Originally published on Mic and cross-posted here with their permission.
As a proud bisexual man, for years, I’ve had to navigate the complicated gray area that my identity occupies on the sexuality spectrum.
Despite all of the gains the LGBTQIA+ community has made, bisexual people are still looked upon with confusion — or outright scorn — by gays, lesbians, and straight people alike. From people asking me if I was “full-blown gay yet” to people questioning my motivations, I’ve probably heard it all.
Unfortunately, the binary way of thinking that informs the reasoning of many who remain unconvinced by the reality of bisexuality ultimately oppresses everyone through its perpetuation of unflinching heteronormative or homonormative standards.
Being intimate with someone of the same sex doesn’t mean you’re gay, just like being intimate with someone of the opposite sex doesn’t mean you’re straight — it just means you fall somewhere in the beautiful, fluid spectrum of sexuality.
Here we are in the supposedly enlightened year of 2014 – and yet, biphobia persists. In no particular order, here are a few of the most tiresome lies society really needs to stop telling about the bisexual community.
1. “Bisexual people don’t exist.”
This is the first lie about bisexuality — and it’s a big one.
Some in the gay and straight community simply can’t fathom a sexuality in which individuals are attracted to more than one gender. Ultimately, you can test the waters, but you must pick a side, the thinking goes.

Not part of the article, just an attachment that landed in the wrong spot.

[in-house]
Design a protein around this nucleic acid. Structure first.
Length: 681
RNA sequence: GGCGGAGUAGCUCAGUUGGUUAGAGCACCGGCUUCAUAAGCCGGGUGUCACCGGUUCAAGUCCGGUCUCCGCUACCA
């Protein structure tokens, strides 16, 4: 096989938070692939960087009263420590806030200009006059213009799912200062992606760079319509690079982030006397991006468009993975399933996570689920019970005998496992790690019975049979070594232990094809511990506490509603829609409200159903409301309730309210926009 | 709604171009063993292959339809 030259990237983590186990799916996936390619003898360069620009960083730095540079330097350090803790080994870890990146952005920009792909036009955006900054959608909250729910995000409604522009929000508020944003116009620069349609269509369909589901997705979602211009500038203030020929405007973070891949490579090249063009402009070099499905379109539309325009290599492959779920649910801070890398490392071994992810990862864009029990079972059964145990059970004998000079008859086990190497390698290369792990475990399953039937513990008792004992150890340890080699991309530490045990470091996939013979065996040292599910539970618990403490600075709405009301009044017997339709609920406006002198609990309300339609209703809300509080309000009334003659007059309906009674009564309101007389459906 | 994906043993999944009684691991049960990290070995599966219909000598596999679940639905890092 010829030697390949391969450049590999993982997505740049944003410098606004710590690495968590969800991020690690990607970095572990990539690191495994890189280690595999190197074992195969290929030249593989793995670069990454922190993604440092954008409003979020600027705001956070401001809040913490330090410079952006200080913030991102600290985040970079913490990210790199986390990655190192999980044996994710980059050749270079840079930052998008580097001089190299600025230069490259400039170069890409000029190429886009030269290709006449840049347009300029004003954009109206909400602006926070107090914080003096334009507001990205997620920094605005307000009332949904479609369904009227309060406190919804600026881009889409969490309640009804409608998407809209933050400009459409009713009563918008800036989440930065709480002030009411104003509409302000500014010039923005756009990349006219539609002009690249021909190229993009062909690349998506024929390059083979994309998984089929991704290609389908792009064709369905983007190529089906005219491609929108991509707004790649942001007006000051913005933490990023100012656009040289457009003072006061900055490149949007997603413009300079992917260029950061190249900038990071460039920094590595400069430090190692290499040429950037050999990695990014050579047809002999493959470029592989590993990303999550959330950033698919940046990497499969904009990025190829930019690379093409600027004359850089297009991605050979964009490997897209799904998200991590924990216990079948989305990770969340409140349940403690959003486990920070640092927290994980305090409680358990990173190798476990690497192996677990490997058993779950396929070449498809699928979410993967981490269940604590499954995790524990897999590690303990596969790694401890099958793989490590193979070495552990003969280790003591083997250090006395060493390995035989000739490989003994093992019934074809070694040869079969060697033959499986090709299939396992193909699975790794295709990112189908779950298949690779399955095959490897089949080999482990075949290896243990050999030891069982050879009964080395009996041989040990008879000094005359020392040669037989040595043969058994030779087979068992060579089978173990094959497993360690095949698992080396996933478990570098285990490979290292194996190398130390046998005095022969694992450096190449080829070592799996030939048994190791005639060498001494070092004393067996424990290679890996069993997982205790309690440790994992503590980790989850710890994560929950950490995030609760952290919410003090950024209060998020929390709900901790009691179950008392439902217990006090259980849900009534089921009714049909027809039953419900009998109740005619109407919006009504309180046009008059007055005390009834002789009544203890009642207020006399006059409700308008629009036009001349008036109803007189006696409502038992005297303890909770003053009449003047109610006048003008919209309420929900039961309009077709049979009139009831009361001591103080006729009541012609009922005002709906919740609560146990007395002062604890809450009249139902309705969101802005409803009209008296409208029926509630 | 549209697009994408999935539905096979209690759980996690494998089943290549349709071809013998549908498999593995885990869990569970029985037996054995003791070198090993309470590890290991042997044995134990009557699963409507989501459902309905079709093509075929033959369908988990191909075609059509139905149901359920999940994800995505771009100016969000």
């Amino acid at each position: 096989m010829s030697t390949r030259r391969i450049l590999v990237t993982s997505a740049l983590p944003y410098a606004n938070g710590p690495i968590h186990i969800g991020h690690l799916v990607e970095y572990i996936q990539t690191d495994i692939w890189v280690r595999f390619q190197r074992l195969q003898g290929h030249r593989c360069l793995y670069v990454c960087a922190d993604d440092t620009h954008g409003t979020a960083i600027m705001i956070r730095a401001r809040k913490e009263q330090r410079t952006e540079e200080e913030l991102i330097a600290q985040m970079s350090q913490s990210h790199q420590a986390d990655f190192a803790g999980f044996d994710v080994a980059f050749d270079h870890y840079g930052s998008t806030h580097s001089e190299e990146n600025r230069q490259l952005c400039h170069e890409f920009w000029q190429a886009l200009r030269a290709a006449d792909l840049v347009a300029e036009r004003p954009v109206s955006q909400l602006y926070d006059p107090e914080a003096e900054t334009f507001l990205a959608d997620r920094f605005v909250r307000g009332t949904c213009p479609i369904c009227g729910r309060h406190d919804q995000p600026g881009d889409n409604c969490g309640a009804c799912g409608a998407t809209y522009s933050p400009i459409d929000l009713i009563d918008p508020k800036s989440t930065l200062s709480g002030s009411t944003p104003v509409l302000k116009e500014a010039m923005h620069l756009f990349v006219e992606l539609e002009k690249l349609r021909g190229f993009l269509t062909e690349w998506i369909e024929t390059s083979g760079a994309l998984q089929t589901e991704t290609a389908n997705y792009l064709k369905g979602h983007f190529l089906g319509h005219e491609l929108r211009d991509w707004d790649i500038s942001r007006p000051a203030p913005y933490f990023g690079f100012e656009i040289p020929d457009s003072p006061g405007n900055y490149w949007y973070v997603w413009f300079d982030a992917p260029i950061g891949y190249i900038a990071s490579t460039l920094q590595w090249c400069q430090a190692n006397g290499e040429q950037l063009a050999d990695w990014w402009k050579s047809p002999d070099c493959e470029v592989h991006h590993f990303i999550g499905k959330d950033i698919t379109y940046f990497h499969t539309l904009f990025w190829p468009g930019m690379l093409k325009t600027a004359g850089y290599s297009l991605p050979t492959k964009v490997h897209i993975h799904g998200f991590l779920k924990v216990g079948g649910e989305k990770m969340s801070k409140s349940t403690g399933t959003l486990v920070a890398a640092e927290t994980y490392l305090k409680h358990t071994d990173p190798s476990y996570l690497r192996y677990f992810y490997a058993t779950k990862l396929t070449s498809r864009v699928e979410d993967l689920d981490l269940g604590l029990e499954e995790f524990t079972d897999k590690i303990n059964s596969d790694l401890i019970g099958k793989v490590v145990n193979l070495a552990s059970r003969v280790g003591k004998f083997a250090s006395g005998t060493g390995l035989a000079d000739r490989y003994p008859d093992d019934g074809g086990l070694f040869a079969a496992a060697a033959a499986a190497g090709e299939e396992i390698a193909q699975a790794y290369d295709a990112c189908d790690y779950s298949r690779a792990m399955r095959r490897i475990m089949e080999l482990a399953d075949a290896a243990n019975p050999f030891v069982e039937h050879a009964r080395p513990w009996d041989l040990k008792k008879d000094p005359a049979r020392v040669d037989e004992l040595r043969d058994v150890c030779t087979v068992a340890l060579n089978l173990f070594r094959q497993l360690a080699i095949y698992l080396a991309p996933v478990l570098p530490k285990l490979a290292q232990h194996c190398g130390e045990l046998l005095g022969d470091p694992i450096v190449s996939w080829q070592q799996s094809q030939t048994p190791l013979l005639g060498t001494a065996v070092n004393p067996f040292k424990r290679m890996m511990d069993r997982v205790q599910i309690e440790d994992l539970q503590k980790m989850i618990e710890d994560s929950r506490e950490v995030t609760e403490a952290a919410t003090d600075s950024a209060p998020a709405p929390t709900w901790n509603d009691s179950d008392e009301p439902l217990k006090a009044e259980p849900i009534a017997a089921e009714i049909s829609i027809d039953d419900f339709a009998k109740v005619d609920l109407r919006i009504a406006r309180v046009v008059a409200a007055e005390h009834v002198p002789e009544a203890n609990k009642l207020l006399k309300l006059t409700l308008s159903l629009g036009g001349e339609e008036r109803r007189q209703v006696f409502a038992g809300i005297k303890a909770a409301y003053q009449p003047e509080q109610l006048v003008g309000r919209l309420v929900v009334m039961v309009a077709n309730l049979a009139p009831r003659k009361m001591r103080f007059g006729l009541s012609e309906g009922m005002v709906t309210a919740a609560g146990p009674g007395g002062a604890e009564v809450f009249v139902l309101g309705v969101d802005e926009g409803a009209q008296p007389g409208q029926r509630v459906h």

But bisexual people don’t need lesbians and gays to confirm or science to prove that they exist.
2. “Bisexual people are just going through a phase.”
Yes, it is true that plenty of gays and lesbians have used bisexuality as a stepping stone, a way to soften the blow of coming out for conservative parents.
While coming out is an intensely personal decision, the strategies of some should not invalidate the identities of the majority.
3. “Bisexual people are sexually greedy.”
Bisexual people are not automatically more promiscuous than any other person — gay or straight. Being attracted to more than one gender does provide more potential partners.
But just as having an eclectic taste in wines does not make one an alcoholic, being bisexual does not make you more promiscuous. But if someone is, there’s nothing wrong with that either. (Let’s not engage in slut-shaming!)
4. “Bisexual people are cheaters.”
A cheater is a cheater.
Bisexual people cheat, and so do people who identify otherwise.
Their sexuality doesn’t make them cheat; impulse control, poor decision-making skills, or a lack of consideration for their partner do.
5. “All bisexual people are polyamorous.”
While polyamory may stereotypically appear more prevalent in the queer community, there is no hard data that ties polyamory more directly to the bisexual community than any other orientation.
That type of relationship structure isn’t attached to any given sexuality. It’s a personal choice (and for some, it’s more innate).
6. “Bisexual people are scared of commitment.”
Being attracted to both genders doesn’t have anything to do with commitment.
Alan Cumming addressed this misconception in a candid interview last year: